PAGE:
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Dr. Henry B. Waiters: Is it a church service or just a big show?

The News Journal recently showcased local aspects of a growing cultural phenomenon: the worship renewal movement. The special feature explained how Generation X-ers are hungering for a new style of worship which bears a closer resemblance to MTV than to their parents’ old-time religion.

Alice Crann alluded to the “walls of tradition tumbling down.” Indeed, at the new and more “hip” sanctuary, jeans, shorts and T-shirts do fine in services with names like “Saturday Night Alive,” a show title many X-ers would find familiar. Drama, dance, video clips, rock ‘n’ roll, TV talk show formats and eating during the service are part of the worship experience.

Dr. Robert Webber, author and worship renewal authority, in talking about the forces shaping the movement explained, “Generation X learns more through participation than reason. They are looking for forms of communication that they experience in culture.”

What forms would that be? Assuming that Webber is referring to the entertainment industry, perhaps a better name for the renewal movement would be “postmodern religion.” But one should be careful before thinking that we are witnessing a quantum leap in religious experiences. We may, in truth, be witnessing the obliteration of a rational and decent religious heritage.

A critical examination would indicate that the movement is a by-product of a culture that has been weaned on television. Any communication medium has the potential to change the structure of public discourse, even to alter our perceptions of the world around us.

For example, the printing press has been credited with helping to bring Europe out of the Dark Ages, fueling the Protestant Reformation and opening the floodgates to a new world of liberty, freedom and democracy. Media critic Neil Postman pointed out in his book “Amusing Ourselves to Death” that people who lived in a print culture had a “sophisticated ability to think conceptually, deductively and sequentially and had a high valuation for reason and order.”

However, America has now shifted from a print-oriented culture to an image-oriented one; the consequences being that we have lost the ability to rationalize, preferring rather to be entertained. A hundred years ago, it was not a difficult matter for people to listen to a two-hour sermon without getting mentally exhausted. Today, on any given Sunday at noontime millions of wristwatch alarms are going off, reminding the preacher to shut up.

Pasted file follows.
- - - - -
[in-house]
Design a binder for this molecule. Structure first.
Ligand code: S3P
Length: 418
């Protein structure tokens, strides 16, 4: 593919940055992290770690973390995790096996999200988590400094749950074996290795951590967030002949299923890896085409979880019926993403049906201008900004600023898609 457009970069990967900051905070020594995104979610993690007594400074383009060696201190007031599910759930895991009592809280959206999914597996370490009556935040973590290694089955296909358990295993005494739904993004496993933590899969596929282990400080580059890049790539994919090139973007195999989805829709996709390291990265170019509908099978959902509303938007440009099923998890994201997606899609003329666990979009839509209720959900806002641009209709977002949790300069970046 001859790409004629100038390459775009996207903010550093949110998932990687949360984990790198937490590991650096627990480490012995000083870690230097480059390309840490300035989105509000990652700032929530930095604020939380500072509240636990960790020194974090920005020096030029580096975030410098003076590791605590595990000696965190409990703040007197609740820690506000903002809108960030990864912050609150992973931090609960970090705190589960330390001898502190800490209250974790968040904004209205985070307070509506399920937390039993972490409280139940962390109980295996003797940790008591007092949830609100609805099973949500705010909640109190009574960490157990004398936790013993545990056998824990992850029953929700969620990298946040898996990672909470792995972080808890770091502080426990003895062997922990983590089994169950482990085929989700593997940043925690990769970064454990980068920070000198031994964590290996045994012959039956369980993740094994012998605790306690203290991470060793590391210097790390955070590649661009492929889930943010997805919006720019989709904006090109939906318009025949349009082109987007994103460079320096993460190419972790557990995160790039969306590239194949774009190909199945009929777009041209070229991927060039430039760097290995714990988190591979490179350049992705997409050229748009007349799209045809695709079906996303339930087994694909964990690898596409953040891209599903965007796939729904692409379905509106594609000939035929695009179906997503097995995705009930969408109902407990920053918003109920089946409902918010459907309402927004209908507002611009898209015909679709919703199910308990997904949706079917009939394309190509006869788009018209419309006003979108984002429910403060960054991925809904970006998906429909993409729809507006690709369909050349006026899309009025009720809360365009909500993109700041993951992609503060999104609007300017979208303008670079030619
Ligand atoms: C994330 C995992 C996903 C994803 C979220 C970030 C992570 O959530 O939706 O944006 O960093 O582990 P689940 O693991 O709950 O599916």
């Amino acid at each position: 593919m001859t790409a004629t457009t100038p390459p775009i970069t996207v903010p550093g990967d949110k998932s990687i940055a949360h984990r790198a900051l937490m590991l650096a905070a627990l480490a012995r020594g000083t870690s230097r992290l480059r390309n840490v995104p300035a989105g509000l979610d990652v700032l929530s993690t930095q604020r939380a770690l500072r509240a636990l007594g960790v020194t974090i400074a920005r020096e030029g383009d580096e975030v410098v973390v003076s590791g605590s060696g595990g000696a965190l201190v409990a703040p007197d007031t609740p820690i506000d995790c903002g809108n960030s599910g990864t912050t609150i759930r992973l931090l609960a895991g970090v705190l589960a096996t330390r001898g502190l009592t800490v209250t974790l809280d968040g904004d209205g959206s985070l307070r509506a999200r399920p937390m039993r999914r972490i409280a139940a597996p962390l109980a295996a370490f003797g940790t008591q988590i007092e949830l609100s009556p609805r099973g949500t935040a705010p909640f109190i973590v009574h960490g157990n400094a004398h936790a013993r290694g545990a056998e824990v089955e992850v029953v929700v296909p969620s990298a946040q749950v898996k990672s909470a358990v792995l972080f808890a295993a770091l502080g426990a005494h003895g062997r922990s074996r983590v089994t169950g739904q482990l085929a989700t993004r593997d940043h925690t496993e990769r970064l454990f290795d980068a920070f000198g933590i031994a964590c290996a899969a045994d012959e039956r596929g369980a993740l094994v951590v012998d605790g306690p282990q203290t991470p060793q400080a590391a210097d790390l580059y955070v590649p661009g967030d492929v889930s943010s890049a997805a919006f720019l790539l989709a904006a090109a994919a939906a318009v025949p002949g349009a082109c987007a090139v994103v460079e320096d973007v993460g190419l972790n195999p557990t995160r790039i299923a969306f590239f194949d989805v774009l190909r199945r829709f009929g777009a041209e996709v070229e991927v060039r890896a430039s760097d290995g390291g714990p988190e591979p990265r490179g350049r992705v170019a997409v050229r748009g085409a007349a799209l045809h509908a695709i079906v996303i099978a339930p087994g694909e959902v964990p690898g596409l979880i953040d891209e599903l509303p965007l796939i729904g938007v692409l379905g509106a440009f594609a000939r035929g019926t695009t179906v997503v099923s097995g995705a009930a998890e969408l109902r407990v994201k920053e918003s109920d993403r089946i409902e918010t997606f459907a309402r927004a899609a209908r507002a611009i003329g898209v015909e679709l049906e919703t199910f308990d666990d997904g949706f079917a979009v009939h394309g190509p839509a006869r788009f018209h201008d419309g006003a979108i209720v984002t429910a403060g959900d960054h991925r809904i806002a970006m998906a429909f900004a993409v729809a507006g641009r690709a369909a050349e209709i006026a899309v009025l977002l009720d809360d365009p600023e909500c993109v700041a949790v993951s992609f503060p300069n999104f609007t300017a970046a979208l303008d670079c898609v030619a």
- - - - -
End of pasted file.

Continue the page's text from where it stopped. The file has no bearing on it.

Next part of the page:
With television, substance gives way to sounds and sights, facts are replaced with feelings, issues are replaced by images, and reason is replaced by emotion. The primary purpose of television is to entertain the audience — that is its nature.

Not only does television serve up its content on a platter of entertainment, but the American mind has fed off it for so long that almost everything in our culture — worship included — mirrors the rules of the entertainment industry.

Even higher education has been touched by the tentacles of the television culture. Peter Sacks, in his book “Generation X Goes to College,” describes today’s college students as lazy toward their studies yet demanding of good grades and entertaining teaching because they are “buying a product” from the institution.

To some observers our television culture is synonymous with postmodernism, a philosophy which is best described as a search for novelty, momentary enjoyment, euphoria, no fixed commitments and no rules. All opinions are valid. Differences are celebrated. Personal happiness is a supreme virtue.

The News Journal’s report on the renewal movement demonstrated that American Worship is increasingly being defined as a task of satisfying the customer with a product while at the same time providing amusement and pleasure.

The traditional Christian message which places emphasis on satisfying God and His purpose is disappearing as we engage ourselves in a perpetual round of entertainments.

Dr. Waiters can be reached at 704-636-3369.

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